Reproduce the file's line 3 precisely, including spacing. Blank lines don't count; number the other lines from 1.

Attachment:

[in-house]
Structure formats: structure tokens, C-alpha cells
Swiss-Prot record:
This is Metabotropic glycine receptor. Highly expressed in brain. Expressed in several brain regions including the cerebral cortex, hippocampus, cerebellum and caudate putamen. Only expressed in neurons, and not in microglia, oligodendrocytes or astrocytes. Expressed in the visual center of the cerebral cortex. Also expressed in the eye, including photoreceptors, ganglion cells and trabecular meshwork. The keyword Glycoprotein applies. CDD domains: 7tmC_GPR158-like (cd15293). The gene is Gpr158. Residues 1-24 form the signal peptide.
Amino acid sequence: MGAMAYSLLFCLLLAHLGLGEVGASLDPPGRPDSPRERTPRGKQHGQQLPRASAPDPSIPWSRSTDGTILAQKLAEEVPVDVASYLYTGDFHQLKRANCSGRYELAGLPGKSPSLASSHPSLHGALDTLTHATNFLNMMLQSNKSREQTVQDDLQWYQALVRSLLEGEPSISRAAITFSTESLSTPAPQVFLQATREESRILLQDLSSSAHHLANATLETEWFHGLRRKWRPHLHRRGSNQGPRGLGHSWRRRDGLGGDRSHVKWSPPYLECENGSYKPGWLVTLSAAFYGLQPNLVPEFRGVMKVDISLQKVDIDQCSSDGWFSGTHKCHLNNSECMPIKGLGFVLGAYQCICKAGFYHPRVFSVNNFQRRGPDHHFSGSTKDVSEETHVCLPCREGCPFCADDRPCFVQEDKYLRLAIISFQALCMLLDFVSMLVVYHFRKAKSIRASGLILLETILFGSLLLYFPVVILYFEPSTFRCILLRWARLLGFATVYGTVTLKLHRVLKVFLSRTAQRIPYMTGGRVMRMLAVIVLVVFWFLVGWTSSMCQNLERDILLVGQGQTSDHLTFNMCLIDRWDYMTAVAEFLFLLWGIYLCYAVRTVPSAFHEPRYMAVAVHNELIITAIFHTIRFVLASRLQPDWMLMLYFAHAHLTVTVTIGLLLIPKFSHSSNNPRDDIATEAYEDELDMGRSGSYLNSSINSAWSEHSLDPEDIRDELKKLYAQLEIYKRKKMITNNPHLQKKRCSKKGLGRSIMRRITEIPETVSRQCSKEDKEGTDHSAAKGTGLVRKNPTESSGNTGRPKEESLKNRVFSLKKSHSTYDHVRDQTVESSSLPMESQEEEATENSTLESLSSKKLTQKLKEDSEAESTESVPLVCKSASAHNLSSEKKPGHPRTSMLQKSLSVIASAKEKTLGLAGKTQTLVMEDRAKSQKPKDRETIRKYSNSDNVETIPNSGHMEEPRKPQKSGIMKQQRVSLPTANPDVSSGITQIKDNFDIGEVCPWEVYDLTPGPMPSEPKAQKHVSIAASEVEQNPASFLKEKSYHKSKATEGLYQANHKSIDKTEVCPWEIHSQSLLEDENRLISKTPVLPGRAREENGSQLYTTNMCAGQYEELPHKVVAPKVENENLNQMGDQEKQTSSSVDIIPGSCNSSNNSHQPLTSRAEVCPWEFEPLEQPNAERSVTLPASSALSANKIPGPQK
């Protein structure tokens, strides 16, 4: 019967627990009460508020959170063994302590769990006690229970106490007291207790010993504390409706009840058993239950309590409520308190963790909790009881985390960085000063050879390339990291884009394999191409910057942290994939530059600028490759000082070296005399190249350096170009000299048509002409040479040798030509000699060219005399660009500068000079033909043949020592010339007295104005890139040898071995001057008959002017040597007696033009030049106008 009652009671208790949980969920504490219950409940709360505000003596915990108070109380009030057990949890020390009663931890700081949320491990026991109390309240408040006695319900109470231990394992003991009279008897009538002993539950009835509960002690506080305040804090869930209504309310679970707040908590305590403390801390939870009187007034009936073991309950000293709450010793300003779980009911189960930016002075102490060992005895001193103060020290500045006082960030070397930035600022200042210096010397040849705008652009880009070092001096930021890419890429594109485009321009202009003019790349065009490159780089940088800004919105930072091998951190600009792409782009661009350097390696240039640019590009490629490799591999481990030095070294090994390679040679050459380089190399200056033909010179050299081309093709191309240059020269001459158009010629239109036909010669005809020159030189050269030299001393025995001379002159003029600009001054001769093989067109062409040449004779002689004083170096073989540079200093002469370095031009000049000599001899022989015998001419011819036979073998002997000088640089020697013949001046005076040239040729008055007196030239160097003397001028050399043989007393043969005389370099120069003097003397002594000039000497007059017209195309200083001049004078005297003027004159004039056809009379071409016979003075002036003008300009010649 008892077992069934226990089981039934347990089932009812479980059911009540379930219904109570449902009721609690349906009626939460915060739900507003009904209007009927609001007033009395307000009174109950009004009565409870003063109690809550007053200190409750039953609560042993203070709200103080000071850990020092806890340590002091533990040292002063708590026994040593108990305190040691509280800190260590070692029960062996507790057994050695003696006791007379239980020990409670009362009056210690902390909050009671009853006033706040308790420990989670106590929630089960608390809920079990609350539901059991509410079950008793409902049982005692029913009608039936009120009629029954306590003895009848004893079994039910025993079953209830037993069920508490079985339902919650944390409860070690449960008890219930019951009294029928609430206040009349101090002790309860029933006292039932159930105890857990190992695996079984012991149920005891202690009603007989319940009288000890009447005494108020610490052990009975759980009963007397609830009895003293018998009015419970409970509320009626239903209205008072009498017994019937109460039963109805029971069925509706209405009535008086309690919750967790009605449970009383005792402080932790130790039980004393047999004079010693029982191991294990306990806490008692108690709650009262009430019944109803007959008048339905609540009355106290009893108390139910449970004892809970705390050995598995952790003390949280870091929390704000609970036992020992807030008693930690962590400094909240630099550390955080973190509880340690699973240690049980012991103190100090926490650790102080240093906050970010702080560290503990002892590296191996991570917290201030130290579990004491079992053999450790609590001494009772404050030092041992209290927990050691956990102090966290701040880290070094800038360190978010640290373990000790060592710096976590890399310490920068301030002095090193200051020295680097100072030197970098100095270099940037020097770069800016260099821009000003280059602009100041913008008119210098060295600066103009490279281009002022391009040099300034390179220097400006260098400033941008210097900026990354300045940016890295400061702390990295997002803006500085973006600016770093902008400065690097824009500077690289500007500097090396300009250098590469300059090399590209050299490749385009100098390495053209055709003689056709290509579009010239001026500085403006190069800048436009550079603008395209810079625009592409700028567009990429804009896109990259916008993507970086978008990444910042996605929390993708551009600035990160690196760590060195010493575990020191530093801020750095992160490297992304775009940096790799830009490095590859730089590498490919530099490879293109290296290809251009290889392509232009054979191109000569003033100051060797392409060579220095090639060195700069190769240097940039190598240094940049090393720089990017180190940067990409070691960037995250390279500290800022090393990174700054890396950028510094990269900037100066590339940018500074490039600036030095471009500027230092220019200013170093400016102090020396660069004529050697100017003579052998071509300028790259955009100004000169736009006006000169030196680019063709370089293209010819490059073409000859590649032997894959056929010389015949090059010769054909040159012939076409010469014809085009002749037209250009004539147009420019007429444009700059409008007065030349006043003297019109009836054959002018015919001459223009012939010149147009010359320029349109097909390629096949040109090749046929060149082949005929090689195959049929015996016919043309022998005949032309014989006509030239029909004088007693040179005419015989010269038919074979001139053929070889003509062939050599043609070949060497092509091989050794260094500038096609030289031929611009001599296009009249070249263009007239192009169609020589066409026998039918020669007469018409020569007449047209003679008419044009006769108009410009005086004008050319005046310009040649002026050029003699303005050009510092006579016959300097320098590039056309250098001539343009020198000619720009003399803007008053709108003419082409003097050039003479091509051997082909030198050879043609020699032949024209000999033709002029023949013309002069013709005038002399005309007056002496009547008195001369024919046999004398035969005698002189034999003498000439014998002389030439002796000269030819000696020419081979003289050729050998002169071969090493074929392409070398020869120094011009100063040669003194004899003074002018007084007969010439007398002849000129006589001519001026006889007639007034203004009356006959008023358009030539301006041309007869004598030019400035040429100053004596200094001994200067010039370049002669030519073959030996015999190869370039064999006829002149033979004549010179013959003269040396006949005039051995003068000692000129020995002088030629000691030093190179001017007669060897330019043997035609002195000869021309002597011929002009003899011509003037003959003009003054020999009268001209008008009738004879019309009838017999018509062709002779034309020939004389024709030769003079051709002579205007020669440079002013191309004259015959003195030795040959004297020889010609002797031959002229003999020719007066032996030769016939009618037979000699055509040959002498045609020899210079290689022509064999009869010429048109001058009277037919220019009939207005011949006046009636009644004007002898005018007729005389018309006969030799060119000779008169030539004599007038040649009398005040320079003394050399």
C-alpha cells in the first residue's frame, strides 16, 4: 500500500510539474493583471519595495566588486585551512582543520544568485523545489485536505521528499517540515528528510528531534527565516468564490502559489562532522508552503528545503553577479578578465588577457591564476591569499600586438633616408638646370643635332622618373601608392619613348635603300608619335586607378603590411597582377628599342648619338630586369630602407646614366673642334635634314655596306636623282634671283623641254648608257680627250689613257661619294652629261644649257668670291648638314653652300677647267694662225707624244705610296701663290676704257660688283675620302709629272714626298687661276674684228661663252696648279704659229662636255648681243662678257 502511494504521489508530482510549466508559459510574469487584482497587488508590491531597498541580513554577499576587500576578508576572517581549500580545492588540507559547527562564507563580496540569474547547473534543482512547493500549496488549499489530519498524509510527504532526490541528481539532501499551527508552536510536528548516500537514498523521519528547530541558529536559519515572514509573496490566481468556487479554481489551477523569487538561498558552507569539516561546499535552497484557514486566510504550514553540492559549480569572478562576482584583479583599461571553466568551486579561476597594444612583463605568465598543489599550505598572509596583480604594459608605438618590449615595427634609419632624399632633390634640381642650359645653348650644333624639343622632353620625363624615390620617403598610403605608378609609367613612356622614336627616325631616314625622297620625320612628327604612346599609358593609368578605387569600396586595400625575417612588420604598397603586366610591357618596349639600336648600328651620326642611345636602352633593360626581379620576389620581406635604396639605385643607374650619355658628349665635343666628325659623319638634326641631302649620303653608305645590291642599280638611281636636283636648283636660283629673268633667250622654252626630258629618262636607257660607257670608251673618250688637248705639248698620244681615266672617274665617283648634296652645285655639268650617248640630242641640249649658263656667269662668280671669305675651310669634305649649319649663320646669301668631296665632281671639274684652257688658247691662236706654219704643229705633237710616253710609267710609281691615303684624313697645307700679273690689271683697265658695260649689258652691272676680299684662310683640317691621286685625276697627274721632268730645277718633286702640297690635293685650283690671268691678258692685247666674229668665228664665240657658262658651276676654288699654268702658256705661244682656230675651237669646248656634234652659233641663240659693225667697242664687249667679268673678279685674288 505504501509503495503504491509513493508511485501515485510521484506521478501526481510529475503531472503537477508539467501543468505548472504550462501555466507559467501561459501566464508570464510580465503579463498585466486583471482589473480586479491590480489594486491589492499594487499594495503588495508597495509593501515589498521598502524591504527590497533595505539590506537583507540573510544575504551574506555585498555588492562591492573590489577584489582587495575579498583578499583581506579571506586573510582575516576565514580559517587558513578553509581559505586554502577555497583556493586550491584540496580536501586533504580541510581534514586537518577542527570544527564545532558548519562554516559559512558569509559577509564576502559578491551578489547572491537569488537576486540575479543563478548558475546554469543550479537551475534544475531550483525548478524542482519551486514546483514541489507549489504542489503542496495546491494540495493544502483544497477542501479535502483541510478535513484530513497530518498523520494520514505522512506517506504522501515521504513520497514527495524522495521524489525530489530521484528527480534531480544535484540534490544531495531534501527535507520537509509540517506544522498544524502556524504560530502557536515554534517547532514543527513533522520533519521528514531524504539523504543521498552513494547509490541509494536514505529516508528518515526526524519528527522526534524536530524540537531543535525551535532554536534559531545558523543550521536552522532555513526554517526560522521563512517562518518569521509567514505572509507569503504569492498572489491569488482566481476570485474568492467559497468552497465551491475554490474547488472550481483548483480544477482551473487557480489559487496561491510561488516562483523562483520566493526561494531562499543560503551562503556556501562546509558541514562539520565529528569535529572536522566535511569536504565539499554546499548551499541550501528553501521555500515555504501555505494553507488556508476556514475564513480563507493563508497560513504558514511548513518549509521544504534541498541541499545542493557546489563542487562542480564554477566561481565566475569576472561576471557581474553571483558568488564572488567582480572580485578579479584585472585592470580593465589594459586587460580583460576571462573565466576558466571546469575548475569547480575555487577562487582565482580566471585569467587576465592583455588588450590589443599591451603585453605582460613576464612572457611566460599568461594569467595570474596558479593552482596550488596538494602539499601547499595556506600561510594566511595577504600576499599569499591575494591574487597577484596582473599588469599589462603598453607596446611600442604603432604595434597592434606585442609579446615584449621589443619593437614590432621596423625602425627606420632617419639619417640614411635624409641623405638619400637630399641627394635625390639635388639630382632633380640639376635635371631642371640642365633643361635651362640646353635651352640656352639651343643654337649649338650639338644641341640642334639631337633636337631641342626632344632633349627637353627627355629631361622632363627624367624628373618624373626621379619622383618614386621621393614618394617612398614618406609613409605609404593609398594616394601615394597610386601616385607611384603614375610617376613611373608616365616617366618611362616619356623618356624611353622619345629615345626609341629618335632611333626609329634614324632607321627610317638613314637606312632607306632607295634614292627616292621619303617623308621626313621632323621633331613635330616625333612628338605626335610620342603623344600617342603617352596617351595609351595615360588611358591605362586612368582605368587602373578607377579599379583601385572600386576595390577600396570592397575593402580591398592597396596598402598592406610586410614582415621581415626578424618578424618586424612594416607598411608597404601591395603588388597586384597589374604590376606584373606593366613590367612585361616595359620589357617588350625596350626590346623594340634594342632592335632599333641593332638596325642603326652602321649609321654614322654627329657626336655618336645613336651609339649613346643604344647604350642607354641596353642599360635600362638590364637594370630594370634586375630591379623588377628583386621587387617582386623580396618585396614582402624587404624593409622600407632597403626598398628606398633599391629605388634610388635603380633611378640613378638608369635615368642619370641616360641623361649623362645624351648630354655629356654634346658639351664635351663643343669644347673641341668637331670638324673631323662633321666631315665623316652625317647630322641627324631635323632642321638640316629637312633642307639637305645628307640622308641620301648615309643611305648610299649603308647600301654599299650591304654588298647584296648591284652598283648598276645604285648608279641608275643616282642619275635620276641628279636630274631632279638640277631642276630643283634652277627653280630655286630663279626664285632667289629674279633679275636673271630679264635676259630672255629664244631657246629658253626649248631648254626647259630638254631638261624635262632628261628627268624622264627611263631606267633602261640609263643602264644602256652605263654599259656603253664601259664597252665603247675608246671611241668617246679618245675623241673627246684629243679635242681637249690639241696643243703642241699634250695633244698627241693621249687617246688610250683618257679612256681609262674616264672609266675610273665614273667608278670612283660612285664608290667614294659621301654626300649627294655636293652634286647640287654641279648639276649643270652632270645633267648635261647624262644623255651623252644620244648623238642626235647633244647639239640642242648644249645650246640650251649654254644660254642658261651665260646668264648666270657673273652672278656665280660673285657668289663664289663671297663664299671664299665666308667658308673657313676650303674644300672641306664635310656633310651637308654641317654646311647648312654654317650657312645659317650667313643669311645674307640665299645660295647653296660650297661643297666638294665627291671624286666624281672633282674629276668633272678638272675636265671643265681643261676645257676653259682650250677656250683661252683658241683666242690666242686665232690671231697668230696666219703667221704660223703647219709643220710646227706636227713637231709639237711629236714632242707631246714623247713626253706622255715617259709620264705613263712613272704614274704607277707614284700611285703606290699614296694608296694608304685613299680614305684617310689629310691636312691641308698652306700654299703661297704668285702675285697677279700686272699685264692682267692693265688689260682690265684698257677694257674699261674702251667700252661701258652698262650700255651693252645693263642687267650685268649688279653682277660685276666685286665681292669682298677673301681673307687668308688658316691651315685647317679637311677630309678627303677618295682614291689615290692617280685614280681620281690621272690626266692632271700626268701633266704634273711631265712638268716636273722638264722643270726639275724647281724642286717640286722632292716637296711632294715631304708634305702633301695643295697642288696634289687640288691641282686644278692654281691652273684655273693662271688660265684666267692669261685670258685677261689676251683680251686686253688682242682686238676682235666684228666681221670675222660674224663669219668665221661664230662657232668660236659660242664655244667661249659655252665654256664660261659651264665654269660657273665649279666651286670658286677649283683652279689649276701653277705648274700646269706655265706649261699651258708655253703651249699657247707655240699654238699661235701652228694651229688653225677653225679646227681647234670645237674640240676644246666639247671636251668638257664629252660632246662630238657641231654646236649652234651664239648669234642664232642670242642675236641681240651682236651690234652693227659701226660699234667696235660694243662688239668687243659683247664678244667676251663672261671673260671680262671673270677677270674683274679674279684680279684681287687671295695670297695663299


Swiss-Prot record: